Harold continued with his treatment for most of 2016, as he shuttled between Nairobi and Mombasa, remember this was when he started out with Sailors rugby. In early 2017, he was finally back to his fit self. And what was the first thing he did? He went on to join his favourite club, the Strathmore Leos.
“Immediately after I got cleared to play, I went to try out at my favourite club, the Strathmore Leos, it was like a dream come true.”
Before we get into his career at the Leos, I wanted to find out what kept him going through what must have been a tough year or so of treatment.
“First, God, and secondly, I had my whole life ahead of me, I was only 18 when I arrived in Nairobi, I had so many ambitions, especially in rugby and there was no way I was going to let anything get in my way.” He says without flinching.
Harold went on to make his debut for the Strathmore Leos in 2018, in the ESS league against Kabras, it remains one of his most cherished moments on a rugby pitch.
“Some of my highlights so far include, winning my first trophy with the Sailors as captain, at a tournament played in my hometown Miritini, in 2016.”
“I made my Strathmore Leos debut in the ESS, against Kabras in 2018, I was also lucky to make my sevens debut in Mombasa at the 2019 Driftwood sevens. These are moments that have been really special for me.”
“Meeting with rugby hall of famer Waisile Serevi at the 2019 Tusker Safari sevens was also special, as was recently being named captain of the Strathmore second team.” He adds with a smile.
His Nationwide side did not make it to the play offs, but he promises that the boys will be back stronger in the Mwamba Cup. “Ngoja uone Mwamba Cup, tunakuja na ubaya!”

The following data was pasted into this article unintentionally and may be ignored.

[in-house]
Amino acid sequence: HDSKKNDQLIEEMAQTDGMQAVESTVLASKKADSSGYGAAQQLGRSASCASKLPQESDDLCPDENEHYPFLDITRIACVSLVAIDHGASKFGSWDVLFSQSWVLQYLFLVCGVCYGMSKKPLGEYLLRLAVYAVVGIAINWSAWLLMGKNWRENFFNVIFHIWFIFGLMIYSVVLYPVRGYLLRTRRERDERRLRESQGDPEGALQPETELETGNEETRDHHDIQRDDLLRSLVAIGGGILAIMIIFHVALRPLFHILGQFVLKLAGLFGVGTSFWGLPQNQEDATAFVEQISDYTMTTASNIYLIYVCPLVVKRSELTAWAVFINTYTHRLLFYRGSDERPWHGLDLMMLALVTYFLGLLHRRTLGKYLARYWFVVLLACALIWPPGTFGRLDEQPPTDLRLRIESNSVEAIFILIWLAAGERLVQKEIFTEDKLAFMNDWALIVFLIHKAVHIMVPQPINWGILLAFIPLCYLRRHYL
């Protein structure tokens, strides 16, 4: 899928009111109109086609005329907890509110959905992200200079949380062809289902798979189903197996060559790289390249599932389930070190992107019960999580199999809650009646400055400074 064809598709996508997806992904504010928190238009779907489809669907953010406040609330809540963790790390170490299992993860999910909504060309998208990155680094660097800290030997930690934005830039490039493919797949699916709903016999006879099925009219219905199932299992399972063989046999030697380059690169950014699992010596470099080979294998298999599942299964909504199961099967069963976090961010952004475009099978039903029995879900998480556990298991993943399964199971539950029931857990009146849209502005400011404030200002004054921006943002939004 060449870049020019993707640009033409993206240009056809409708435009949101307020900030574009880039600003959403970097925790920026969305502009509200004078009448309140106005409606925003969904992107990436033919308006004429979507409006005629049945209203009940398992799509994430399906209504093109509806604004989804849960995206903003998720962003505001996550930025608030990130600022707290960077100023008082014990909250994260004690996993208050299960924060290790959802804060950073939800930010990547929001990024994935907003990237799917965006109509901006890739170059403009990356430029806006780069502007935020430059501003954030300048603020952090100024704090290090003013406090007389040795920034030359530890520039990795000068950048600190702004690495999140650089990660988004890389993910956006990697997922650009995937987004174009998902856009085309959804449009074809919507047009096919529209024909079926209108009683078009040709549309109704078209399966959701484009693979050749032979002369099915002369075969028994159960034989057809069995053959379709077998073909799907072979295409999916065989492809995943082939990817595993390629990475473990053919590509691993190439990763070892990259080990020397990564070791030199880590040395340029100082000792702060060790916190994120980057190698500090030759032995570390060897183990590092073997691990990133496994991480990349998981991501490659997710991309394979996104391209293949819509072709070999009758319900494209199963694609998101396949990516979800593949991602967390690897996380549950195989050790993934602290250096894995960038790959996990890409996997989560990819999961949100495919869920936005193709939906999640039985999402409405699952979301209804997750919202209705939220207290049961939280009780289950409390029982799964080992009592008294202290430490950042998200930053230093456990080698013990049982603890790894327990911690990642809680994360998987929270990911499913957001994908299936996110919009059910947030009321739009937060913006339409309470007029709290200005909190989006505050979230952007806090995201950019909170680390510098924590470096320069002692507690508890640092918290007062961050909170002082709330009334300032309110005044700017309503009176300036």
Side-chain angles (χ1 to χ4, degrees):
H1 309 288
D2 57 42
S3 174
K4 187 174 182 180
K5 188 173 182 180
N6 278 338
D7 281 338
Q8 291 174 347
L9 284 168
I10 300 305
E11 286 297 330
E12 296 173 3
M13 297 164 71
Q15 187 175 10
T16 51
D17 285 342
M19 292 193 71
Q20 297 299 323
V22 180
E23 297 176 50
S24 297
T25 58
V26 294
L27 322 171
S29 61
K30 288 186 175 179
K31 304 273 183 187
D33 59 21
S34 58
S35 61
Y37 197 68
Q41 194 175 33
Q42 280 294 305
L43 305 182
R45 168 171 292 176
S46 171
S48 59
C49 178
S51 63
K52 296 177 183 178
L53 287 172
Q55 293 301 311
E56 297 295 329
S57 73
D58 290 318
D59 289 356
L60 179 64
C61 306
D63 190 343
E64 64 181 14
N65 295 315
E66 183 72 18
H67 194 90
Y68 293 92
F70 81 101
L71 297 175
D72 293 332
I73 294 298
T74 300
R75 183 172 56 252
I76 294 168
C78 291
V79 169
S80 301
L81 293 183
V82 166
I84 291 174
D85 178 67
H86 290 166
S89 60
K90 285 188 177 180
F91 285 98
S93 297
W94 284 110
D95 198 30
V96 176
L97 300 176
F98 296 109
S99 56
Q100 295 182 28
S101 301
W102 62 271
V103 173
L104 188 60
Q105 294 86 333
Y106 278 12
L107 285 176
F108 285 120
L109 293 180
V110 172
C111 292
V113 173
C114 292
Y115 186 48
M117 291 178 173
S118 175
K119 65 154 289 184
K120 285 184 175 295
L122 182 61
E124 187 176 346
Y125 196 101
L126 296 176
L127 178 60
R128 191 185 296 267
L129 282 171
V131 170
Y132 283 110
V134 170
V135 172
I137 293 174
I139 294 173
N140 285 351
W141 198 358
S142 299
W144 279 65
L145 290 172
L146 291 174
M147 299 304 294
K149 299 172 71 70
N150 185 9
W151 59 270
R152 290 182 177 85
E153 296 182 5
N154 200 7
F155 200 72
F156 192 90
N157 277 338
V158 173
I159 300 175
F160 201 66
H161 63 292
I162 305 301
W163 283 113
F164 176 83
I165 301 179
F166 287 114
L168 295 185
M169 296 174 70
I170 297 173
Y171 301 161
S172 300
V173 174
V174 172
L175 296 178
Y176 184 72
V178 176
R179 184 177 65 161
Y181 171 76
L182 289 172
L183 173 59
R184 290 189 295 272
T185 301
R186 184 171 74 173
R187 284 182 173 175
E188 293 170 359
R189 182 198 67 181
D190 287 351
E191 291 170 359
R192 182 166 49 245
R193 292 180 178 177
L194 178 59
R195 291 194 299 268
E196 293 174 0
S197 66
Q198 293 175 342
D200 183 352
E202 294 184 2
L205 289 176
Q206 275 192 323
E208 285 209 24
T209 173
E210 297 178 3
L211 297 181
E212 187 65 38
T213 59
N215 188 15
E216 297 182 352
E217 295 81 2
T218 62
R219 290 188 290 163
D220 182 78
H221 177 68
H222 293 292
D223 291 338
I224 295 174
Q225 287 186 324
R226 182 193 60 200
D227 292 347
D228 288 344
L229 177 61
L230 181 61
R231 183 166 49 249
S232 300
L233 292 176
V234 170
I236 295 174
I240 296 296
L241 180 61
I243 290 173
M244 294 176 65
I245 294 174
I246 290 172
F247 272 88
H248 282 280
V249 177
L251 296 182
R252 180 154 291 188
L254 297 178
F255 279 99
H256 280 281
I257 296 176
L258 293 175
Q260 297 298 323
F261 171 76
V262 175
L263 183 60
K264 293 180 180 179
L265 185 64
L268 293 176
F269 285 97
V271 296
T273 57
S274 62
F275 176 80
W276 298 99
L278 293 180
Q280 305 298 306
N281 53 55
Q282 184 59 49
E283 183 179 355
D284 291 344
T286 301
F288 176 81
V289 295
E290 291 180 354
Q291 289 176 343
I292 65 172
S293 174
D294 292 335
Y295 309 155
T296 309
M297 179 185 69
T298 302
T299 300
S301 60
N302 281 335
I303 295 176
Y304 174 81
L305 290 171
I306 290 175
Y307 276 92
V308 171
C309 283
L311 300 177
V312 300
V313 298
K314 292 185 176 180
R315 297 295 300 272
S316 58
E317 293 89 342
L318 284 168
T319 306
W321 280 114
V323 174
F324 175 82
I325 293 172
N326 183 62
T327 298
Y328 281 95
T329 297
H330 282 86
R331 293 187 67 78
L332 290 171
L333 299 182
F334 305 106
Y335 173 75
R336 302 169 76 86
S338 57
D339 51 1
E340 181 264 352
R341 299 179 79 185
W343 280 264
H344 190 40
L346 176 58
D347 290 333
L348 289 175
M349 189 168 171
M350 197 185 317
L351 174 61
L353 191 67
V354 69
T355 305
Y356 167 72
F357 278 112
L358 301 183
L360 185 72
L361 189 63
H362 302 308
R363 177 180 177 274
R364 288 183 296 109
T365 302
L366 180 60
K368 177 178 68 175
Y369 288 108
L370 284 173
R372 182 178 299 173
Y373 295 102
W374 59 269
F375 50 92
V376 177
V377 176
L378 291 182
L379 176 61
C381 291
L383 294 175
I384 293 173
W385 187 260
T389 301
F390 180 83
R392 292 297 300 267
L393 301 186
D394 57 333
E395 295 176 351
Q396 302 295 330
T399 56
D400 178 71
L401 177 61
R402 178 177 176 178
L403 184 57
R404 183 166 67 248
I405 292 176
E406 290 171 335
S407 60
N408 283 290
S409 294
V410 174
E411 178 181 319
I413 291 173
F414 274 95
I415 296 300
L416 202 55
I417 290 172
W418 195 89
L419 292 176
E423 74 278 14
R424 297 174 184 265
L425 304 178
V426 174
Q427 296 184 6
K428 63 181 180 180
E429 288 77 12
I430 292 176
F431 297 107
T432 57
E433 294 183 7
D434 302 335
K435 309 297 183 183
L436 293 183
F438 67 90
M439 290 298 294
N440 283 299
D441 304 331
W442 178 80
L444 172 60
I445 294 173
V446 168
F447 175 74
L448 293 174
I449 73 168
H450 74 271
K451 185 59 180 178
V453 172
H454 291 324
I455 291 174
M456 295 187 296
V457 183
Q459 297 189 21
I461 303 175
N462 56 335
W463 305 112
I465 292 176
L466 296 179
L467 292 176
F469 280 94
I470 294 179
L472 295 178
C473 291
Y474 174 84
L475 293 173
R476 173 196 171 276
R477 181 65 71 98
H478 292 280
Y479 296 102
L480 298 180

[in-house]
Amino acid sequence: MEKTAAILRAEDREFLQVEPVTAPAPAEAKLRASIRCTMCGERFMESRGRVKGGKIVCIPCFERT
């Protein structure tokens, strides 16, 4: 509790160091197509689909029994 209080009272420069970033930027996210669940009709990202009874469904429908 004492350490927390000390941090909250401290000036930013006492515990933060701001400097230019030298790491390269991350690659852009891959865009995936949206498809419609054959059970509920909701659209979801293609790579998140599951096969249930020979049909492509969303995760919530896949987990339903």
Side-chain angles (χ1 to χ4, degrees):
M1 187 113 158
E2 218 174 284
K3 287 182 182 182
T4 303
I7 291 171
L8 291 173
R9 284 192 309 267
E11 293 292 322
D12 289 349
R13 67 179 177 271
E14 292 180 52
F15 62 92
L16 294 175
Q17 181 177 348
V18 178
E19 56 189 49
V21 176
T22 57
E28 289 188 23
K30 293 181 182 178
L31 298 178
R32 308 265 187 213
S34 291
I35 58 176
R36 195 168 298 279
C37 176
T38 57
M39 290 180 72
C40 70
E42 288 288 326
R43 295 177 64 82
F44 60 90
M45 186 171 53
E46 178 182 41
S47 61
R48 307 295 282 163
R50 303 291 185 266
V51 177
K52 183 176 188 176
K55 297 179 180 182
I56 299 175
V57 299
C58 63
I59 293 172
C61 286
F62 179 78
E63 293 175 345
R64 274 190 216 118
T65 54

Harold is now a little over a month away from being declared cancer free, in April 2020. According to the National Institutes of Health (NIH), if someone remains in complete remission—meaning all signs and symptoms of cancer are gone—for five or more years, he is declared cancer free.
As we look back on his journey, I ask him what role the sport played in his battle and now imminent recovery.
“Rugby played a major role in my battle and especially my recovery from cancer, at times it was the love of the sport that kept me going. The support from my friends and team mates was immense, as was that from my family.”
“Rugby was my driver, the will to get back into playing active sport kept me going.”
Are there any specific people you would like to thank for helping you get this far?
“First I would like to thank God and my family, it has not been easy, it took a lot of praying and I am thankful that He has kept me to this point.”
“In my rugby journey, I would like to thank Jimmy Richard, Mike Mwanja, Dan Othieno, Julius Shaban, Malik Ndemi, Brian Nyikuli and Micheal Gitau, for supporting and motivating me through the tough times, the list is quite long, a big thank you to all, especially the Leos family.”
“I would also like to thank the Kenya sevens for the support they showed me, led by Humphrey Kayange, asanteni sana.”
So, what does Roldie want to achieve, especially in rugby?
“I want to grow both as an individual and as a team, I hope to one day represent the country, now that would be something, wouldn’t it?”
Indeed, it would be something special for us to see Roldie in the Kenyan colours.
Finally, Roldie has three words for anybody out there going through any battle, whether in rugby or in life, “NEVER GIVE UP! Regardless of how you look, where you come from, keep pushing and believing that anything is possible and that you can achieve anything you set your mind to.”
We leave Harold wishing him the best in the future, that he goes on to fulfill all his ambitions in rugby and beyond, that we will one day see him representing his country on a rugby field.
We leave with the knowledge that whatever life throws at him, he will take it within his stride, without losing his bubble and enthusiasm, just like he has done, this far.